For whatever reason, none of that happened. That’s at least in part a testament to the fact that for all of the frustrations that Villanueva surely has about his tenure with the Pistons, and the team surely has with the fact that he didn’t perform as expected, he was never a malcontent. He was one of six players to not participate in the team’s boycott of a shootaround in Philadelphia over unhappiness with then-coach John Kuester in 2011, even though perhaps no player under Kuester had more grounds for complaint about his up and down role than Villanueva. He’s always appeared to be a positive teammate, cheering on others in spots that he surely wanted even though some of those players getting regular minutes (looking at you Jason Maxiell) were not exactly productive themselves. Despite that “soft” label, he’s shown moments of toughness in his Detroit tenure — in 2010, when he was a rotation player in a frontcourt lacking depth, he played through both plantar fasciitis and a broken nose. He never publicly vented frustrations (other than those aforementioned and relatively mild tweets) or made it clear he wanted to be elsewhere.
The Pistons obviously thought they were getting far more than those positives listed above. Admittedly, I’m grasping at straws a bit to describe them as ‘positives’ rather than ‘neutrals.’ But they still merit a mention when evaluating Villanueva’s five-year Pistons legacy.
I hope Villanueva gets another chance with a different team next season, and maybe without the pressure of trying to live up to a huge contract, the expectations for what he’s capable of producing will be more reasonable.
Modeled after ESPN’s 5-on-5, three of us will answer three questions about a Pistons-related topic. Please add your responses in the comments.
1. Is Joe Dumars’ departure best for the franchise?
Dan Feldman: Yes. The Pistons’ problems are not all Dumars’ doing, but too many of them are, and he has not shown an ability to overcome outside setbacks. Dumars has achieved no success with Tom Gores, and though that might the former’s fault, Gores isn’t going anywhere. The Pistons need a general manager who can work with Gores, and they need a general manager who is not overly attached to this flawed roster. It’s time for a fresh start.
Patrick Hayes: It’s best for business. It’s not fair to blame Dumars for all of the Pistons’ failings since he deconstructed a team that was still contending, but it’s fair to blame him for most. He’s overseen two major (and expensive) attempts to retool the franchise, and his wild spending on Josh Smith and Brandon Jennings this summer shows he learned nothing from his splurging on contracts to Ben Gordon and Charlie Villanueva in 2009. That’s … a problem. The organization needs a new direction and Dumars will get another opportunity to run a team somewhere else if he chooses. Hopefully, that fresh start will help Dumars rediscover the attributes that once made him arguably the league’s best GM.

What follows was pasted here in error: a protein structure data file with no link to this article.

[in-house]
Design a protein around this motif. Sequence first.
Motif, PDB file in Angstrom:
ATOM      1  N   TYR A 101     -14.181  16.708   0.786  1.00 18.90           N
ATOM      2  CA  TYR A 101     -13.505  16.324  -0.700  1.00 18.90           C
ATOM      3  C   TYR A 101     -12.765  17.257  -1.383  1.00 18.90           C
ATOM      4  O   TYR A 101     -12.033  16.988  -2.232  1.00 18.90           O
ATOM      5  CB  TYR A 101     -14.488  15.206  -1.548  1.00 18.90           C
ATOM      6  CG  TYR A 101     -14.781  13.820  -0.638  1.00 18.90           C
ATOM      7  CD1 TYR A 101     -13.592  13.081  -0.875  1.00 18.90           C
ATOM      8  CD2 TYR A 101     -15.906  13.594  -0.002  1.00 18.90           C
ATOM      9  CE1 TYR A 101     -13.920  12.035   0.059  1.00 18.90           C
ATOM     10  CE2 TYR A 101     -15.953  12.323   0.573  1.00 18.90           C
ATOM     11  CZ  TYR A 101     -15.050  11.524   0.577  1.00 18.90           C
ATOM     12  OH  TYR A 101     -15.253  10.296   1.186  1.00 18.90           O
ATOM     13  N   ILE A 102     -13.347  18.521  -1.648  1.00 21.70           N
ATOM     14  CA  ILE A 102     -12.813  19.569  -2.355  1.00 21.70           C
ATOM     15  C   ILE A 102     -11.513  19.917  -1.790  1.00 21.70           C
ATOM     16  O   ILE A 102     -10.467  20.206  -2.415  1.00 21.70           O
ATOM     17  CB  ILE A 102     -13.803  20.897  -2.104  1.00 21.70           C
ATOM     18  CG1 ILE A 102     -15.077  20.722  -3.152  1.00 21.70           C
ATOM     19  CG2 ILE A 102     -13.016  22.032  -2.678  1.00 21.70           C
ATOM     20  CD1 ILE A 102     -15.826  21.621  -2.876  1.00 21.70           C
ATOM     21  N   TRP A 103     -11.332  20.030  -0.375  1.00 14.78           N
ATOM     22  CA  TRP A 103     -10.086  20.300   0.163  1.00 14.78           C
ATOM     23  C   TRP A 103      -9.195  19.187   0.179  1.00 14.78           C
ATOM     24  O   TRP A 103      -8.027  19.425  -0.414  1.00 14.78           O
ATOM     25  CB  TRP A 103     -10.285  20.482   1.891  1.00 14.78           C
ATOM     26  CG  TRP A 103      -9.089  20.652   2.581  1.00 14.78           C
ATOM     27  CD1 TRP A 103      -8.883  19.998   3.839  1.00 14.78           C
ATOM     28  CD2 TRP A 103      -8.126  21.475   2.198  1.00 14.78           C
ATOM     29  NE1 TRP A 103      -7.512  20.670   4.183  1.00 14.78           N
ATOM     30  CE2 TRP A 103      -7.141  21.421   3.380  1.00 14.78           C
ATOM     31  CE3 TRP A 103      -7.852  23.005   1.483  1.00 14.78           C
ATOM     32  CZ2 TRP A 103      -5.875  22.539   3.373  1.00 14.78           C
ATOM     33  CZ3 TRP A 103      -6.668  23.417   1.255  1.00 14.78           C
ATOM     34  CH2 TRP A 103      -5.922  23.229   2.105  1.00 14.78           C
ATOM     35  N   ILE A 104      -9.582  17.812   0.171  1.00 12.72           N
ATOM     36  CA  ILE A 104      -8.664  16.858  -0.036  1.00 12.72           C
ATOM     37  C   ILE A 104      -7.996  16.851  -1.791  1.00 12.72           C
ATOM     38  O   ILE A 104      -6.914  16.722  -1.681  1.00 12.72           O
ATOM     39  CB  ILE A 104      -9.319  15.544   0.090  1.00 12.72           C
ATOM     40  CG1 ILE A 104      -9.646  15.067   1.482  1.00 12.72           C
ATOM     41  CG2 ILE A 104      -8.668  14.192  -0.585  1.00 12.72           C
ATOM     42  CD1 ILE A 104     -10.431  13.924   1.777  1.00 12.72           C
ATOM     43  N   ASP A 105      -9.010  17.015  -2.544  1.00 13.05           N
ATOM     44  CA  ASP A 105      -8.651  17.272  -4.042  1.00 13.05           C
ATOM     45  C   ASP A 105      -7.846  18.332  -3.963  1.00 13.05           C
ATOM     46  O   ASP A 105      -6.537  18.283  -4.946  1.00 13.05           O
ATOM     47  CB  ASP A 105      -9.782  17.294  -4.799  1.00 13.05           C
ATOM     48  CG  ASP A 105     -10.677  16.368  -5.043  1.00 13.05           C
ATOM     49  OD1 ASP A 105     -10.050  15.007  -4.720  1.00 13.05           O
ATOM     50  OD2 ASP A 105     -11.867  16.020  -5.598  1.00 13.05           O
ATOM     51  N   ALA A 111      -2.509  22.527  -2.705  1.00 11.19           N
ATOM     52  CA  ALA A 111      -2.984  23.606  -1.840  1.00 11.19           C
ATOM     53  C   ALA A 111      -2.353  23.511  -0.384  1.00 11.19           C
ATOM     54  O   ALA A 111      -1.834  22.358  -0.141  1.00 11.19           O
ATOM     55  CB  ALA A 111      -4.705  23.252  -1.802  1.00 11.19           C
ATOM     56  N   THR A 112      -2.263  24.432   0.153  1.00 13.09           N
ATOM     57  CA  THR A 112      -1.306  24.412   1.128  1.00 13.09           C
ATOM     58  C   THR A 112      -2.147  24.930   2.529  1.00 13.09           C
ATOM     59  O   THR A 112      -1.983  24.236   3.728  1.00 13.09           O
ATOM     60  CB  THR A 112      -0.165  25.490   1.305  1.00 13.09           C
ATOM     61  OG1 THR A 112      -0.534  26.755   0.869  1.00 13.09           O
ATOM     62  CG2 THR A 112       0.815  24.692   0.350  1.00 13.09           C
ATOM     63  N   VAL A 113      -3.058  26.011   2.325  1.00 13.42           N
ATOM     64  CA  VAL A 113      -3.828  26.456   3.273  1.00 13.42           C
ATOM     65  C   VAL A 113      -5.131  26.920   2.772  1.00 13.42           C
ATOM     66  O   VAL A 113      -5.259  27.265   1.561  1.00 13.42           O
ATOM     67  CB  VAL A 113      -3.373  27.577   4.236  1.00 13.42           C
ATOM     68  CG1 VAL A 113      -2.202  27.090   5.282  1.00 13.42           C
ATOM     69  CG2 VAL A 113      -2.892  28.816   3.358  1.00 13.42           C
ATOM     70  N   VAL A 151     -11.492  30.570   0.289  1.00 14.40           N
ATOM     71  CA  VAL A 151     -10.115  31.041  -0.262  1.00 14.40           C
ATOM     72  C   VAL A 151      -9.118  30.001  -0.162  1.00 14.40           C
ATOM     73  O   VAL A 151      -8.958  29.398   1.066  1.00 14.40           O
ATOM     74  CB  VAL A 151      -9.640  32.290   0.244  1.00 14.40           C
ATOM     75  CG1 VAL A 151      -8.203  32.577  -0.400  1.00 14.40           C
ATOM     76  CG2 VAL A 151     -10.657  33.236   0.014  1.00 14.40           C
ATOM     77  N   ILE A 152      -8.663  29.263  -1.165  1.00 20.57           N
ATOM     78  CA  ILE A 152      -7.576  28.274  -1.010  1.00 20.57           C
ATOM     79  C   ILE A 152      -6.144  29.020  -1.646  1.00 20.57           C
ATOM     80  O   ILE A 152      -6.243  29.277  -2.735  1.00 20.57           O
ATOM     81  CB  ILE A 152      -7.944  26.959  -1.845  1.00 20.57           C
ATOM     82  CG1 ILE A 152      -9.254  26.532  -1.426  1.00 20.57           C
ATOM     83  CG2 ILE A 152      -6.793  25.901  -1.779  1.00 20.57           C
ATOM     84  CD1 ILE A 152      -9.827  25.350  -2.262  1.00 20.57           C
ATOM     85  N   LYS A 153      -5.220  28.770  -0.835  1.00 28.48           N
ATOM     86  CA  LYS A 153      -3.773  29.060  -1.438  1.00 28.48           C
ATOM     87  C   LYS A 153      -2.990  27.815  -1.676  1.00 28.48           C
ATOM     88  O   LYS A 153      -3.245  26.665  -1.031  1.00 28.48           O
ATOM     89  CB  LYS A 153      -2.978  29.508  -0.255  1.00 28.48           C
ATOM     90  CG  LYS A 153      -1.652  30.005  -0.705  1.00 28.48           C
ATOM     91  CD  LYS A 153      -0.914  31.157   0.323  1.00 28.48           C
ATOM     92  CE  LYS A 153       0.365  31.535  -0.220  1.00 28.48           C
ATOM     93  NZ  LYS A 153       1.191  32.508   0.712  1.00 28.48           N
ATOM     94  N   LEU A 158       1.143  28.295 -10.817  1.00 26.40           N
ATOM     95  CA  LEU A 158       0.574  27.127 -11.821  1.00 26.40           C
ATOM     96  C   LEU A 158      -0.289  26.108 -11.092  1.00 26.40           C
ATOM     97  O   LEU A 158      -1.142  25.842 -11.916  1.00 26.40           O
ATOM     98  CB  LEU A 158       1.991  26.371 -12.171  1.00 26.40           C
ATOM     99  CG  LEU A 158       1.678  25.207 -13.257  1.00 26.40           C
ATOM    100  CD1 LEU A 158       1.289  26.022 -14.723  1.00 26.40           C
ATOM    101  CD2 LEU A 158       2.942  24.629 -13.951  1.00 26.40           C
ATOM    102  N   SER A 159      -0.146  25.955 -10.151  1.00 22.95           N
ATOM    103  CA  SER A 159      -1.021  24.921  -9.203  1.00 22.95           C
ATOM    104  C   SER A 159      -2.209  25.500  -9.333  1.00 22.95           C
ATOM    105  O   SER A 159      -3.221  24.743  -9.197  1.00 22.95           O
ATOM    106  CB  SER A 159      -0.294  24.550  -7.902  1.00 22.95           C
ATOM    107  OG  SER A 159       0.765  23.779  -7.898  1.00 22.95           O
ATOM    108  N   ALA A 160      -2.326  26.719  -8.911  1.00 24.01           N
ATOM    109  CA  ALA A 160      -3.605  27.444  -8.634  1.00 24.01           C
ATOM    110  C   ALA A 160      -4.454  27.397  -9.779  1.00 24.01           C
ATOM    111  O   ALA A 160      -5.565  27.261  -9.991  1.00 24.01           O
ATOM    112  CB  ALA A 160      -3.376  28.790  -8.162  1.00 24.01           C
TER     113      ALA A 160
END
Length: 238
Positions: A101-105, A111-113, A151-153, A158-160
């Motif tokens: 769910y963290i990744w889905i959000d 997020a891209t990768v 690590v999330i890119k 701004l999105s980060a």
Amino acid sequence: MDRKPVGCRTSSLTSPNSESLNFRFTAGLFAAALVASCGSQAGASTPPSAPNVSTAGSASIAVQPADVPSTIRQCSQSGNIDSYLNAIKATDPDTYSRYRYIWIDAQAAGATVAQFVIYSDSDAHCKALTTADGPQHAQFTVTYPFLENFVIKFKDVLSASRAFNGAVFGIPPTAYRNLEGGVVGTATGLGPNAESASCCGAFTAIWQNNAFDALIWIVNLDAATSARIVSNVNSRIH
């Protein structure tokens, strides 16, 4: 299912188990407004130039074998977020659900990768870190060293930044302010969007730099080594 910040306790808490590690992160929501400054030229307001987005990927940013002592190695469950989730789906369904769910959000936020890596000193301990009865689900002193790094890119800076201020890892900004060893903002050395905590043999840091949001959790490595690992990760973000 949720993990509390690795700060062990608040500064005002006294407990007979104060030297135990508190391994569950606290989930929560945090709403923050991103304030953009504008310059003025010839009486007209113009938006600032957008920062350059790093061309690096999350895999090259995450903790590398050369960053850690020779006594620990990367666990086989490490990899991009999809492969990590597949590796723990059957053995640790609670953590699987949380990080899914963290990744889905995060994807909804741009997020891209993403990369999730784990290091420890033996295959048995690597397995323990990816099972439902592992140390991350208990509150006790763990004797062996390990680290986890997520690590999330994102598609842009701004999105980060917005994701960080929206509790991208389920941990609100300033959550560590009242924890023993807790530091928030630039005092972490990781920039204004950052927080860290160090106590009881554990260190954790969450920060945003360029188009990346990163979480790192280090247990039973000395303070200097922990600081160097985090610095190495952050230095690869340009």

Brady Fredericksen: At this point, yes. Dumars has been given chances to revive the franchise since its downfall began in 2009, but a string of failed coaching and personnel moves have put him in this position. If he was named Phil Smith and he was given the Pistons’ job in 2009, he would have already been fire — that’s how badly the past five years have gone. Sure, the freeze during the Davidson-to-Gores era didn’t help, but he really hasn’t done himself any favors since. The league has evolved and Dumars hasn’t been able to keep up; it’s time to find someone who can.
2. How do you grade Dumars’ tenure as general manager?
Dan Feldman: A-. Am I weighing Dumars’ successes more heavily than his failures? Absolutely. The first-round exits of the mid-90s were preferable to the dreck of the last few seasons as I’ve lived each era, but in the long run, I won’t remember either fondly. They’ll just blend together in the abyss of forgettable seasons. But the Goin’ to Work Pistons brought such joy, I won’t soon forget those. And Dumars single-handedly assembled those peak teams. I just don’t see much value in a general manager producing a mediocre, rather than bad, team. But forming a contending team? That’s a hugely important accomplishment.
Patrick Hayes: B+/A-. The championship and sustained success for much of the first half of his tenure were incredible, but let’s not forget, he had opportunities to keep that team competitive even longer. He never sufficiently implemented a talent development system for young players on the bench like Carlos Delfino and Amir Johnson (both of whom could’ve helped the veteran core immensely) and he held onto and over-valued limited veterans like Rip Hamilton and Tayshaun Prince rather than flipping them for younger assets when they’re value was higher.